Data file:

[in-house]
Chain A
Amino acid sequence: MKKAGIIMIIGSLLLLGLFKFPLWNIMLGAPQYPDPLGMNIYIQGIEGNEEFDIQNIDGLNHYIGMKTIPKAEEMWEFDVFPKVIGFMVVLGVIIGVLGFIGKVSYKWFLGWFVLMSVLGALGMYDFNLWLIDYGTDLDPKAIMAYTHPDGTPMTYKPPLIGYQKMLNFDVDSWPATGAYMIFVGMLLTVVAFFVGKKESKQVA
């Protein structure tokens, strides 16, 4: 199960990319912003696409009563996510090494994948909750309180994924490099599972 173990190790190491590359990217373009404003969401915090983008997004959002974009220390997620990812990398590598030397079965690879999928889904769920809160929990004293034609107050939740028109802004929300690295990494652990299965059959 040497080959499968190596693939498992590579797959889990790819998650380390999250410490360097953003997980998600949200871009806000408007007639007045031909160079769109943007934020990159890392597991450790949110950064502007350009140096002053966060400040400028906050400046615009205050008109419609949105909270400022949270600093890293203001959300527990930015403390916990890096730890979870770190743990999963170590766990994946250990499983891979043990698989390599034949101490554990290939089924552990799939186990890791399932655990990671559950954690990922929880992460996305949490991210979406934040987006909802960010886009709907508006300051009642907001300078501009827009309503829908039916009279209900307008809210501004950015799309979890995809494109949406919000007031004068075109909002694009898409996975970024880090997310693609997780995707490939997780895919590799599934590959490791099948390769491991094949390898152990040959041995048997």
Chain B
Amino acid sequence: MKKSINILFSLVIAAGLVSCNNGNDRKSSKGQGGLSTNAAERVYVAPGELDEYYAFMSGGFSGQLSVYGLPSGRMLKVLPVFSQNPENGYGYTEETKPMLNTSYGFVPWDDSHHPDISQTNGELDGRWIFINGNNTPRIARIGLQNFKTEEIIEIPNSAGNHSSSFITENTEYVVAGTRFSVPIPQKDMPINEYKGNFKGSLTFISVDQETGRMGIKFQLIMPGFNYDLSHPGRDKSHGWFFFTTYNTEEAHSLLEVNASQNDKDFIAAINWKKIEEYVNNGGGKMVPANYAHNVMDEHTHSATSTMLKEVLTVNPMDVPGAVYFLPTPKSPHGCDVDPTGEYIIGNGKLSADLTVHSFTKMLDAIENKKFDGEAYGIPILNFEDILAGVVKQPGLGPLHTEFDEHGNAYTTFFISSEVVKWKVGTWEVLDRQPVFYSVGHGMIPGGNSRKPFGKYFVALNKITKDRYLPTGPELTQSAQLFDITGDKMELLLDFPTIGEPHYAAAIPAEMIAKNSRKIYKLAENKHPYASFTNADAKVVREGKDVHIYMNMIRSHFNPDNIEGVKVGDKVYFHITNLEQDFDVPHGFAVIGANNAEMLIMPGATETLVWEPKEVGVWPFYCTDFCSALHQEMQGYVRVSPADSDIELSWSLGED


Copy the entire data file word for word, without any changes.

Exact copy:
[in-house]
Chain A
Amino acid sequence: MKKAGIIMIIGSLLLLGLFKFPLWNIMLGAPQYPDPLGMNIYIQGIEGNEEFDIQNIDGLNHYIGMKTIPKAEEMWEFDVFPKVIGFMVVLGVIIGVLGFIGKVSYKWFLGWFVLMSVLGALGMYDFNLWLIDYGTDLDPKAIMAYTHPDGTPMTYKPPLIGYQKMLNFDVDSWPATGAYMIFVGMLLTVVAFFVGKKESKQVA
């Protein structure tokens, strides 16, 4: 199960990319912003696409009563996510090494994948909750309180994924490099599972 173990190790190491590359990217373009404003969401915090983008997004959002974009220390997620990812990398590598030397079965690879999928889904769920809160929990004293034609107050939740028109802004929300690295990494652990299965059959 040497080959499968190596693939498992590579797959889990790819998650380390999250410490360097953003997980998600949200871009806000408007007639007045031909160079769109943007934020990159890392597991450790949110950064502007350009140096002053966060400040400028906050400046615009205050008109419609949105909270400022949270600093890293203001959300527990930015403390916990890096730890979870770190743990999963170590766990994946250990499983891979043990698989390599034949101490554990290939089924552990799939186990890791399932655990990671559950954690990922929880992460996305949490991210979406934040987006909802960010886009709907508006300051009642907001300078501009827009309503829908039916009279209900307008809210501004950015799309979890995809494109949406919000007031004068075109909002694009898409996975970024880090997310693609997780995707490939997780895919590799599934590959490791099948390769491991094949390898152990040959041995048997």
Chain B
Amino acid sequence: MKKSINILFSLVIAAGLVSCNNGNDRKSSKGQGGLSTNAAERVYVAPGELDEYYAFMSGGFSGQLSVYGLPSGRMLKVLPVFSQNPENGYGYTEETKPMLNTSYGFVPWDDSHHPDISQTNGELDGRWIFINGNNTPRIARIGLQNFKTEEIIEIPNSAGNHSSSFITENTEYVVAGTRFSVPIPQKDMPINEYKGNFKGSLTFISVDQETGRMGIKFQLIMPGFNYDLSHPGRDKSHGWFFFTTYNTEEAHSLLEVNASQNDKDFIAAINWKKIEEYVNNGGGKMVPANYAHNVMDEHTHSATSTMLKEVLTVNPMDVPGAVYFLPTPKSPHGCDVDPTGEYIIGNGKLSADLTVHSFTKMLDAIENKKFDGEAYGIPILNFEDILAGVVKQPGLGPLHTEFDEHGNAYTTFFISSEVVKWKVGTWEVLDRQPVFYSVGHGMIPGGNSRKPFGKYFVALNKITKDRYLPTGPELTQSAQLFDITGDKMELLLDFPTIGEPHYAAAIPAEMIAKNSRKIYKLAENKHPYASFTNADAKVVREGKDVHIYMNMIRSHFNPDNIEGVKVGDKVYFHITNLEQDFDVPHGFAVIGANNAEMLIMPGATETLVWEPKEVGVWPFYCTDFCSALHQEMQGYVRVSPADSDIELSWSLGED